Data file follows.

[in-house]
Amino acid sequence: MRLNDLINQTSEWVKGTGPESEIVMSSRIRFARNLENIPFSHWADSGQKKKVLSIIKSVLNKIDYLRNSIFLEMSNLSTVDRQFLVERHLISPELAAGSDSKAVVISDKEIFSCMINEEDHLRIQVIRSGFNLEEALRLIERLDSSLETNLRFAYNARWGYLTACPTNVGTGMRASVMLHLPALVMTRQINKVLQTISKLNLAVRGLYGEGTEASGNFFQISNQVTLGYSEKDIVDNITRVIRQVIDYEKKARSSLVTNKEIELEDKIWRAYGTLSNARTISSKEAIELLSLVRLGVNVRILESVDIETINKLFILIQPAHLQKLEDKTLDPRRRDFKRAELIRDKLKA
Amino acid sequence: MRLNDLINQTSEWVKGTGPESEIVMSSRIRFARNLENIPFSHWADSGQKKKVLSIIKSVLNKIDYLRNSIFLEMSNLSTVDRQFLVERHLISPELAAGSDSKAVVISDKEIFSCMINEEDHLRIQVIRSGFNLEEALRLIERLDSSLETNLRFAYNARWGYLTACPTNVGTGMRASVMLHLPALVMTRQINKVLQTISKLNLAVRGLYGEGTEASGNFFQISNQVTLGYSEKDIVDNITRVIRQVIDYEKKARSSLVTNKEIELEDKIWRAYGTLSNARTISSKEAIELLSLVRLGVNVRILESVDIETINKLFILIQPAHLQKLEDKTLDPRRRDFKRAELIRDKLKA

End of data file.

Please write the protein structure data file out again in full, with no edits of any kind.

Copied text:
[in-house]
Amino acid sequence: MRLNDLINQTSEWVKGTGPESEIVMSSRIRFARNLENIPFSHWADSGQKKKVLSIIKSVLNKIDYLRNSIFLEMSNLSTVDRQFLVERHLISPELAAGSDSKAVVISDKEIFSCMINEEDHLRIQVIRSGFNLEEALRLIERLDSSLETNLRFAYNARWGYLTACPTNVGTGMRASVMLHLPALVMTRQINKVLQTISKLNLAVRGLYGEGTEASGNFFQISNQVTLGYSEKDIVDNITRVIRQVIDYEKKARSSLVTNKEIELEDKIWRAYGTLSNARTISSKEAIELLSLVRLGVNVRILESVDIETINKLFILIQPAHLQKLEDKTLDPRRRDFKRAELIRDKLKA
Amino acid sequence: MRLNDLINQTSEWVKGTGPESEIVMSSRIRFARNLENIPFSHWADSGQKKKVLSIIKSVLNKIDYLRNSIFLEMSNLSTVDRQFLVERHLISPELAAGSDSKAVVISDKEIFSCMINEEDHLRIQVIRSGFNLEEALRLIERLDSSLETNLRFAYNARWGYLTACPTNVGTGMRASVMLHLPALVMTRQINKVLQTISKLNLAVRGLYGEGTEASGNFFQISNQVTLGYSEKDIVDNITRVIRQVIDYEKKARSSLVTNKEIELEDKIWRAYGTLSNARTISSKEAIELLSLVRLGVNVRILESVDIETINKLFILIQPAHLQKLEDKTLDPRRRDFKRAELIRDKLKA